MADISON — Dr. John D. Wiley, provost and vice chancellor for academic affairs at the University of Wisconsin-Madison, was today named chancellor of the university, effective January 1, 2001.
Wiley will become UW-Madison’s 27th leader, succeeding David Ward, who announced in March that he would step down as chancellor at the end of 2000 after nearly eight years in that position.
The announcement was made by UW System President Katharine Lyall following an executive session of the UW System Board of Regents. The full board acted unanimously on the recommendation of a Special Regents Committee and Lyall, who interviewed Wiley and two other finalists November 2-3 in Madison.
“I am delighted that John has agreed to lead UW-Madison,” said Lyall. “He brings to the position superb administrative skills, an outstanding scholarly background, and an unquestioned devotion to the institution.
“I think John will be especially effective, given his experience as a UW-Madison student, faculty member, dean and senior administrator. He has literally seen the institution from every vantagepoint. I am also confident that he will provide leadership in our ongoing efforts to increase collaboration among all UW System institutions.”
Wiley, who has been provost at UW-Madison since 1994, said he was “gratified by the decision, and honored to be given this opportunity.”
“UW-Madison is experiencing significant momentum,” said Wiley. “We will remain true to the mission of this great state university – to create, integrate, transfer and apply knowledge. As we build on our foundation of strategic planning, refinements to our mission will ensure that we maintain our place as one of the premier institutions of higher education in the world.”
Regent President Jay Smith chaired the Special Regent Committee for the UW-Madison Chancellor Search. Other members were Regents JoAnne Brandes, Guy Gottschalk, Frederic E. Mohs, and Jose Olivieri.
“John is the right leader for UW-Madison at this time,” said Smith. “He is committed to the students and he is respected by the faculty and staff. He was also intimately involved in the design and implementation the Madison Initiative, a creative plan for sustaining UW-Madison’s stature among its peer universities.”
Smith added that the Regents appreciated Wiley’s invaluable experience in the area of private fundraising, as well as his commitment to enhancing UW-Madison’s pivotal role in the economic development of Wisconsin. Lyall stated that all three finalists were excellent, and that Wiley had “tough competition” for the job.
Wiley, 58, grew up in Evansville, Indiana. He received a B.S. degree in physics at Indiana University in 1964, then received M.S. (1965) and Ph.D. (1968) degrees at UW-Madison as a National Science Foundation fellow (1964-66). After graduation, he joined the technical staff of Bell Telephone Laboratories, where he worked until 1974.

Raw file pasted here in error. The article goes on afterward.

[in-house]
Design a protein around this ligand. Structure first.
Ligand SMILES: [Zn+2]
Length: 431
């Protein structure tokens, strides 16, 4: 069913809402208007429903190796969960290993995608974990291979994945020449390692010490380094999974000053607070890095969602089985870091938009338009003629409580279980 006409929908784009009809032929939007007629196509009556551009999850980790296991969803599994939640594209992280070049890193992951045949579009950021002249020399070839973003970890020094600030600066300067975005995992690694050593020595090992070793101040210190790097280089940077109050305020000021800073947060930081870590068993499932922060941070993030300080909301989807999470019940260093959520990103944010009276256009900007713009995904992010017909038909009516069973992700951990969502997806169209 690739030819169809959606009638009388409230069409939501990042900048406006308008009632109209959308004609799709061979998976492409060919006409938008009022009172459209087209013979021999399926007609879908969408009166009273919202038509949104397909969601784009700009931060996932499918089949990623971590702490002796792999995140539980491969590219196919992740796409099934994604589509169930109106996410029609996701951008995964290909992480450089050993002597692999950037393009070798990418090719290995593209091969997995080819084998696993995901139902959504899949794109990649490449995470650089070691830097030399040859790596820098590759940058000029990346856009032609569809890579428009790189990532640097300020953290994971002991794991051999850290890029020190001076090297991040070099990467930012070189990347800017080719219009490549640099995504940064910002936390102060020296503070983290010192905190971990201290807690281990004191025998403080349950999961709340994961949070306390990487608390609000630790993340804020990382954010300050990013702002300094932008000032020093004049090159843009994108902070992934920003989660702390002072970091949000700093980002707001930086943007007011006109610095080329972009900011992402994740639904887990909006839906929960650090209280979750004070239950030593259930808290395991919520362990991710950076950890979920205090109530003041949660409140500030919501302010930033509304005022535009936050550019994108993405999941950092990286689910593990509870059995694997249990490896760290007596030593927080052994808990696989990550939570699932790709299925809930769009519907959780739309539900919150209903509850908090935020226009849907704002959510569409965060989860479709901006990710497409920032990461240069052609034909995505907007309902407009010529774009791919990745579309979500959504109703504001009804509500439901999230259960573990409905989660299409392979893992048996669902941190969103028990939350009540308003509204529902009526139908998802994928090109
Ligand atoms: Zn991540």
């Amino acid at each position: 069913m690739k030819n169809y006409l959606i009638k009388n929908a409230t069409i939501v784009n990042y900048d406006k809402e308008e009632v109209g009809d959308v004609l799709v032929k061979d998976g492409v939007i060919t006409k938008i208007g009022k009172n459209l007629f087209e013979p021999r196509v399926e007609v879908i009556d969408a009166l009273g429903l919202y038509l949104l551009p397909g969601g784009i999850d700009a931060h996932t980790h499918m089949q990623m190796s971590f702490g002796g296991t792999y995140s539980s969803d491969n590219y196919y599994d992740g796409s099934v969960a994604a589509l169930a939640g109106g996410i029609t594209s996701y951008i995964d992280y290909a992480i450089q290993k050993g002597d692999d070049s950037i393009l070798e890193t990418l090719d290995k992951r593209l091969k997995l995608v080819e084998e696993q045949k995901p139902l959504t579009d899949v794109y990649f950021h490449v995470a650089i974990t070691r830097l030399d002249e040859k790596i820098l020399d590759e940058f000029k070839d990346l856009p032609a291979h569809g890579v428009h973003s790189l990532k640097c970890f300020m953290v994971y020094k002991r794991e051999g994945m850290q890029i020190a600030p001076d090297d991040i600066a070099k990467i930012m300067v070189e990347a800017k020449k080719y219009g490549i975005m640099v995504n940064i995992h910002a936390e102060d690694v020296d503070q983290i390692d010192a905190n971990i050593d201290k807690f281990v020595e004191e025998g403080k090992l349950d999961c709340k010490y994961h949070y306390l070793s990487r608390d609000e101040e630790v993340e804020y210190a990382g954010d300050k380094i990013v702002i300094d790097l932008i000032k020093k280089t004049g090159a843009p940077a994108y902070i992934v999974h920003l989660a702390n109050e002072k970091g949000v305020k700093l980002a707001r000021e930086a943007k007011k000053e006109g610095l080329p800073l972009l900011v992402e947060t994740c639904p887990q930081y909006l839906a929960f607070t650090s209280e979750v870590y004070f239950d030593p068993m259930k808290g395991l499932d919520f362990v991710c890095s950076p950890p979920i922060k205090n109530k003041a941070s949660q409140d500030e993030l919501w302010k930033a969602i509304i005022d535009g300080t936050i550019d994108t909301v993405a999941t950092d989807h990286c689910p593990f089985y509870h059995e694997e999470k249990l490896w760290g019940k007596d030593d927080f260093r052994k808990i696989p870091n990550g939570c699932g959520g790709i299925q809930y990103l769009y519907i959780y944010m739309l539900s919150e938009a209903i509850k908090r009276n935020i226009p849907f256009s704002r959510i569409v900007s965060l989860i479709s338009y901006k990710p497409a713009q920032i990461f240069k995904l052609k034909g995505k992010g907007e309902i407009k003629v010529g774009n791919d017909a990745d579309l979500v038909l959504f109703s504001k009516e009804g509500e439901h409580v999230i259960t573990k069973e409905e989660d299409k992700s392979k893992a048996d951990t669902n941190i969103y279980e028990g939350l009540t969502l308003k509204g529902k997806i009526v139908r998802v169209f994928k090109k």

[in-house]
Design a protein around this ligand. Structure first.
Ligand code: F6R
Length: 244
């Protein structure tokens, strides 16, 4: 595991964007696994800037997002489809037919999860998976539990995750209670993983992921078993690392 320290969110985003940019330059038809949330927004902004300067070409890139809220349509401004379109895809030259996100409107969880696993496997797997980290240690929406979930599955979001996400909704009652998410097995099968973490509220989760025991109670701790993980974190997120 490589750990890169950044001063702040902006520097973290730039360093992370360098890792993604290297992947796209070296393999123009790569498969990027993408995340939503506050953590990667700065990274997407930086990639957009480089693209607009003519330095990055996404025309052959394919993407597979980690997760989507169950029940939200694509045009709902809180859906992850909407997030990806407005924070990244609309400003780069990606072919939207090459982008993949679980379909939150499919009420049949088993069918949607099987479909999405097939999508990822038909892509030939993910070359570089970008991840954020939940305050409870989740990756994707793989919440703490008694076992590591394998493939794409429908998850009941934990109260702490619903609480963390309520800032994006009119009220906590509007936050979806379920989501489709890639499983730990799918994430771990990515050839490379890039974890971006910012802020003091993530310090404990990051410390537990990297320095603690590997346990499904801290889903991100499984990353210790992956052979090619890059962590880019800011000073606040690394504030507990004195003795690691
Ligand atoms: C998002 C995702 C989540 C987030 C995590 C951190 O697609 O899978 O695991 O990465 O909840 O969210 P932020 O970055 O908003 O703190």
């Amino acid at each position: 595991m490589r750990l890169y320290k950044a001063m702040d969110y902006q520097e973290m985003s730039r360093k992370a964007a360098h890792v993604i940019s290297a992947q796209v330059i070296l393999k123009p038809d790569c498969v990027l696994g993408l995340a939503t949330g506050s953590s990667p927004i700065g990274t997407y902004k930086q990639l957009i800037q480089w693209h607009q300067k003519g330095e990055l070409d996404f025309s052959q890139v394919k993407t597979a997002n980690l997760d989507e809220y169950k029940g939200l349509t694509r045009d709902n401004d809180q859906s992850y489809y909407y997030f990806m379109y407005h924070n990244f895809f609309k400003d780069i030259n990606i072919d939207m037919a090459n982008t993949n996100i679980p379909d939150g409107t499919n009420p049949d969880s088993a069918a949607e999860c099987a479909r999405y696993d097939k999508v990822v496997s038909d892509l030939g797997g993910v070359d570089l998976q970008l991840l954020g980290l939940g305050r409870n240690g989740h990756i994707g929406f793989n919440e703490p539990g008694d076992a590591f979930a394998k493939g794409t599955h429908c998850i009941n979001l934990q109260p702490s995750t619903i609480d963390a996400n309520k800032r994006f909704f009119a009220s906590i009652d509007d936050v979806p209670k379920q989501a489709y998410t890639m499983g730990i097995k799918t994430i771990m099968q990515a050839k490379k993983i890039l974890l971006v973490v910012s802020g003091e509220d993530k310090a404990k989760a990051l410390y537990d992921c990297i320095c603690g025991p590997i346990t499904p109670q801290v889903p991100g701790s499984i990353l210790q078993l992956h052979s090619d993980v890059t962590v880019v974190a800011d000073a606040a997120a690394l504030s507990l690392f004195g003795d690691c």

Wiley received the Alexander von Humboldt Senior U.S. Service Award for Research and Training, and spent a year at the Max Planck Institute in Germany before joining the Department of Electrical and Computer Engineering at UW-Madison in 1975. As a member of the faculty, his research and teaching focused on a variety of topics related to semiconductors and the electronics field. He co-founded several successful research centers, including the Center for X-Ray Lithography, the Materials Science Industrial Consortium, and the Center for Thin-Film Deposition and Application.
From 1982 to 1986, Wiley chaired the graduate-level, interdepartmental Materials Science Program. From 1986 to 1989, he served as associate dean for research in the College of Engineering. From 1989 to 1994, he was dean of the Graduate School, a position that combines the responsibilities of a dean of graduate studies and a vice chancellor for research.
In 1994, Wiley was named provost and vice chancellor for academic affairs. He functioned as chief operating officer and deputy chancellor, working closely with deans, faculty, academic staff and student committees in the overall management of the university.
Locally, Wiley is a director of the Evjue Foundation and Venture Investors of Wisconsin. He is also a member of the National Advisory Committee to the Office of Scientific and Engineering Personnel of the National Research Council.
Wiley is married to Georgia Blanchfield and has a 17-year-old stepson, Kai Kennedy, and a 14-year-old stepdaughter, Blythe Kennedy.
According to Lyall, Wiley’s state-funded salary was set at $193,000, the maximum allowed under current state law. In addition, he will receive $96,000 annually from the University of Wisconsin Foundation under a special consulting arrangement agreed to earlier by the Foundation’s board of directors. Combined, the $289,000 compensation is slightly above the median ($275,000) among 11 peer institutions.
UW-Madison was founded in 1848. It is the largest of the 15 institutions in the statewide UW System, with an annual operating budget of $1.4 billion and an enrollment of more than 40,000 students. UW-Madison is one of the leading land-grant universities in the country, ranking third among public universities in funding for research and development and first in annual gifts and trust fund revenues. UW-Madison was a founding member of the Association of American Universities (AAU) and its athletic teams compete in the Big Ten Conference.
Kevin Boatright, UW System